Dec/Jan 2016/17 VOL 14 No. 6
Nicholas R. Hild, PhD.
Several seemingly non-related events have been in the news lately that should pique the interest of environmental professionals. In particular, these "events" provide teaching lessons for the classroom as well as for professionals whose jobs entail providing their companies with real world solutions that are sustainable.
The first "event" is actually not an event at all but rather a recognition that our infrastructure---highway systems, bridges, electrical transmission 'systems' and our in-ground water and wastewater piping (and allied treatment facilities), are falling apart. Unfortunately, every attempt by the Obama administration to at least begin to address funding a systematic plan to rebuild the public infrastructure has been thwarted by Congress. One of the 'events' calling attention to the nation's infrastructure dilemma was the failure of the Flint, Michigan lead piping potable water delivery system in late 2015. Politicians at the federal, state and city level claimed the problem was not caused by lead piping that has been in the ground for over half a century but, rather, by a decision made by Flint city managers to switch sources of water, allowing more corrosive water to be introduced into the lead piping distribution system thus, causing it to 'leach' lead into the city's drinking water.
The mere fact that the lead found in Flint's drinking water came from the piping should have raised red flags in most municipalities across the country because a large percentage of municipal water delivery systems in this country built before 1960 utilized lead pipe in their distribution systems. Yet, today, more than a year after the Flint 'event' no efforts to address this potential 'infrastructure' problem have been implemented.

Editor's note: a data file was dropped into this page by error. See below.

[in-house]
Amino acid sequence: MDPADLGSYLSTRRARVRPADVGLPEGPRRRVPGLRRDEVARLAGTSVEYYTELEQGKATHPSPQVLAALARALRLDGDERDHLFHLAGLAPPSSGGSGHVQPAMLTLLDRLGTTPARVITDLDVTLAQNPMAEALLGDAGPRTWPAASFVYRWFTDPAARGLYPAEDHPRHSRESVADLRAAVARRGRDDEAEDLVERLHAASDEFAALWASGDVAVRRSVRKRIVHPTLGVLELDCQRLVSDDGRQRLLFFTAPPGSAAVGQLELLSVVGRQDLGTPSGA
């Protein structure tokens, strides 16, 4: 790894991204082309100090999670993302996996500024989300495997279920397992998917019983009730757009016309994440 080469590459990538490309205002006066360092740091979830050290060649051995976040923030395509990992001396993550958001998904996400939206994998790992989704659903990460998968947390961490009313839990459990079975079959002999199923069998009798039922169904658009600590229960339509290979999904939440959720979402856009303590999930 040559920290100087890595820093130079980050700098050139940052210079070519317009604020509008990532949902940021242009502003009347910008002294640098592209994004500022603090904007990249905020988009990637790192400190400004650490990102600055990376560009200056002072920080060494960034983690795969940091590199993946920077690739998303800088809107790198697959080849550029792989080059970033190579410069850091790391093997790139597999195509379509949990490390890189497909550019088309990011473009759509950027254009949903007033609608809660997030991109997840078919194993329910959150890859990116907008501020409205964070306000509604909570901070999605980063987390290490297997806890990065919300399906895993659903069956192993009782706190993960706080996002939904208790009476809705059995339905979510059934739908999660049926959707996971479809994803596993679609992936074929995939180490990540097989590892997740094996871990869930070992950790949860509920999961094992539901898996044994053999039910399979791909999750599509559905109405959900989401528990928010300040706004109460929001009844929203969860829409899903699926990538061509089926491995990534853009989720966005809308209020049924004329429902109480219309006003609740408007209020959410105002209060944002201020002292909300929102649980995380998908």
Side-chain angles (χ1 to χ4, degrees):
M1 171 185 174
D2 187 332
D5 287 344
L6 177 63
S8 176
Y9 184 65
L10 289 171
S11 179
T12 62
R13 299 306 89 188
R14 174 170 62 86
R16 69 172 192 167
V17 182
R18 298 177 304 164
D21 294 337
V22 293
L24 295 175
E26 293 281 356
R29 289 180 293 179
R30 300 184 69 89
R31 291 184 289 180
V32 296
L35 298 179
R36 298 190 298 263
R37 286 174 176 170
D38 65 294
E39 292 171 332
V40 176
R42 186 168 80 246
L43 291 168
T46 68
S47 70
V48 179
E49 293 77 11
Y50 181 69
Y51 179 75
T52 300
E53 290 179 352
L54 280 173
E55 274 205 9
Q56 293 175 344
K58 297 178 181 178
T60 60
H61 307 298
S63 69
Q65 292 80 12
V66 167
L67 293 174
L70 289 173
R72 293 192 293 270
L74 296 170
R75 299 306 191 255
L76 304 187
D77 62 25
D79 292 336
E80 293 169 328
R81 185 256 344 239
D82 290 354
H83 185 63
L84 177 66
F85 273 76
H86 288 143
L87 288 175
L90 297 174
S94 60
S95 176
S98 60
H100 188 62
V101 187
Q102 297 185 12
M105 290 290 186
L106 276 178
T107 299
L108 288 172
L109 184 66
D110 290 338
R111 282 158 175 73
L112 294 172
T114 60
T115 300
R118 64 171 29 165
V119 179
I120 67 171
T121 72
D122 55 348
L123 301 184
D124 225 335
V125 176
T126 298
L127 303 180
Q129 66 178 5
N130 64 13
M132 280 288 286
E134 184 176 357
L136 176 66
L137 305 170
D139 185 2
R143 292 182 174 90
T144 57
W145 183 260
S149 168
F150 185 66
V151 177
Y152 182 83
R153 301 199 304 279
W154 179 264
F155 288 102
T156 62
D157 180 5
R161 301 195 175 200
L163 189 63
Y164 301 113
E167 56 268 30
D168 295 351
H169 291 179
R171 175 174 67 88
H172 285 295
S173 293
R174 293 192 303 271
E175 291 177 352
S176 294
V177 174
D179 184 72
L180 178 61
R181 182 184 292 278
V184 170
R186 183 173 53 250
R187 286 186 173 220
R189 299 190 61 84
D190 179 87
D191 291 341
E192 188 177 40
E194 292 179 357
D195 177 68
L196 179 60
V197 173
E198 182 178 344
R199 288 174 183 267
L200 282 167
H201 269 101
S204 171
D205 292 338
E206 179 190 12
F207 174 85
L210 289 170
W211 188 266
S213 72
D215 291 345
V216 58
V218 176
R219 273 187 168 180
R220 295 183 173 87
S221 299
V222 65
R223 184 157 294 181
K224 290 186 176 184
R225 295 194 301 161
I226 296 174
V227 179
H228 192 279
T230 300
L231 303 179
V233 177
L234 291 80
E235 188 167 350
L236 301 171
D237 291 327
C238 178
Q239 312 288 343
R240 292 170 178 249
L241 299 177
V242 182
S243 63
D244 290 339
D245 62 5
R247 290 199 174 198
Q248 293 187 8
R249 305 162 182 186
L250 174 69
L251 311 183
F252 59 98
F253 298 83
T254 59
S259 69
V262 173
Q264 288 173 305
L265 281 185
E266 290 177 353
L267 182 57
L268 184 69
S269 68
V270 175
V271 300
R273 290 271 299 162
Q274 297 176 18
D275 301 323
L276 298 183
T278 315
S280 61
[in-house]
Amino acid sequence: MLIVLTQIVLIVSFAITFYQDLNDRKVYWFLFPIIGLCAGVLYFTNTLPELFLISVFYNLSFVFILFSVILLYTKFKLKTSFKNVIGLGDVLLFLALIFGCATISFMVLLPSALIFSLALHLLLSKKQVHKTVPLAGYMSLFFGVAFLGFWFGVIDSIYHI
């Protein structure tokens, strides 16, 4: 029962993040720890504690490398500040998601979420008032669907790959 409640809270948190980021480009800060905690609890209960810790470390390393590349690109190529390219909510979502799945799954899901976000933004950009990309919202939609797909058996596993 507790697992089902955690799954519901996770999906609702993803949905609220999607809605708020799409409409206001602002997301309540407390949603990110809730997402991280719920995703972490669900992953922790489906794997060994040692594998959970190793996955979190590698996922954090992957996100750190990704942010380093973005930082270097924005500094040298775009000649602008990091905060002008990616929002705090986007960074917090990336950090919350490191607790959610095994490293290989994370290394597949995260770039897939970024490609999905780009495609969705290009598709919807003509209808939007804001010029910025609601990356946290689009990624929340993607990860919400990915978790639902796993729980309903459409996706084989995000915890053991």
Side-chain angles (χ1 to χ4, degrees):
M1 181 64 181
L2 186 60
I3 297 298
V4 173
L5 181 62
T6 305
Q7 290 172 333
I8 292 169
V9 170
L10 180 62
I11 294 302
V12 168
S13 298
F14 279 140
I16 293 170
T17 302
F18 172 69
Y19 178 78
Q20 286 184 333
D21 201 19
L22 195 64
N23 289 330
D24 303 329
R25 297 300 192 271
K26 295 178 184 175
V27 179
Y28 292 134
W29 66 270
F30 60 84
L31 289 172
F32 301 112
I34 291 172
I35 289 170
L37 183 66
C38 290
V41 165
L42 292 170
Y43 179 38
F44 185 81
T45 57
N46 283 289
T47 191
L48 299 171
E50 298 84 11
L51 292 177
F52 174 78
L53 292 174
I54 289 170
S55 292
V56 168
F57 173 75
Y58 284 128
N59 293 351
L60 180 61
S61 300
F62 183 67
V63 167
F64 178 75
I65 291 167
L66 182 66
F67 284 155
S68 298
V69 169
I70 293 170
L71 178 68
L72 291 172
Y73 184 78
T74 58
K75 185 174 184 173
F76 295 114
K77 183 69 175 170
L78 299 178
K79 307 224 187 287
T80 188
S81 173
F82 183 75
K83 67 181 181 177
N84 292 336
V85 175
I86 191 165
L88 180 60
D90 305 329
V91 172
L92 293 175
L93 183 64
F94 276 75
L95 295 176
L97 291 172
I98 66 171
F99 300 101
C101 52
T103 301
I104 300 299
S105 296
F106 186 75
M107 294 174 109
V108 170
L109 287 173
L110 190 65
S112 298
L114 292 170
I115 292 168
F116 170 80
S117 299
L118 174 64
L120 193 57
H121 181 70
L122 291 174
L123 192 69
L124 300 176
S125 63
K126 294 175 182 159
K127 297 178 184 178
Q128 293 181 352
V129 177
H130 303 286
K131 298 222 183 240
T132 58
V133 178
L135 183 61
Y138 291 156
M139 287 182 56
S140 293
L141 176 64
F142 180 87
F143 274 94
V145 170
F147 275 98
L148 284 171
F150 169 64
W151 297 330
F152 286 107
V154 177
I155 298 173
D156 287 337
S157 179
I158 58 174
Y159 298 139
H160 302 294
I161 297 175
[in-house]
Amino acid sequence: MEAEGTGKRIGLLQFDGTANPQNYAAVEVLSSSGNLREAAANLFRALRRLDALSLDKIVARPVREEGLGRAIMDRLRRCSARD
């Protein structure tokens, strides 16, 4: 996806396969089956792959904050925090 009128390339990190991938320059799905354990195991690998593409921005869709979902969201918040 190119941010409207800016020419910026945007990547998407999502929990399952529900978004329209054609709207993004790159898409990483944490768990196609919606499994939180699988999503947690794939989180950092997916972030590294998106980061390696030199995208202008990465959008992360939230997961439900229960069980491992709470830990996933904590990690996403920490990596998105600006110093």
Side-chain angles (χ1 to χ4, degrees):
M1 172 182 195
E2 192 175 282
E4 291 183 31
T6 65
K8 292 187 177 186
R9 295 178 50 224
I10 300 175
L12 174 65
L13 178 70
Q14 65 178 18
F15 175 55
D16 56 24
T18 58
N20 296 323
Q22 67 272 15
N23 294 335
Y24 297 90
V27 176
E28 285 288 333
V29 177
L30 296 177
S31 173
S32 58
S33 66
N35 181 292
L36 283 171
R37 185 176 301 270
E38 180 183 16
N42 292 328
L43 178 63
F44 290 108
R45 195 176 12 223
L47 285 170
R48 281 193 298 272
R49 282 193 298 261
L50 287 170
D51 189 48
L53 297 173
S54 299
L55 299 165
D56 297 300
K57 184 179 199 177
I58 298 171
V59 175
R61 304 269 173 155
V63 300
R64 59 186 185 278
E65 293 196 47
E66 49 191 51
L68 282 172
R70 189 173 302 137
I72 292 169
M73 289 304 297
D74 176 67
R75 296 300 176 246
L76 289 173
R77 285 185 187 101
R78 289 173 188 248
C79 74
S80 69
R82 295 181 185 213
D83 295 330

Does anyone else see a teachable moment here?
As noted above, our nation's 'infrastructure' (private and public) includes many other 'systems' besides water and wastewater delivery. The general public is aware that our bridges (vehicles and railways), deteriorating interstate and intrastate highways, underground piping systems (oil, gas, water; etc.), government-owned buildings and neighborhoods built in the '30's with Roosevelt's WPA program are deteriorating and in need of repair. But most people don't realize what a problem we have in the private sector, especially in aging manufacturing facilities built with antiquated electrical, structural, and underground piping systems that are a threat to worker safety and the environment alike.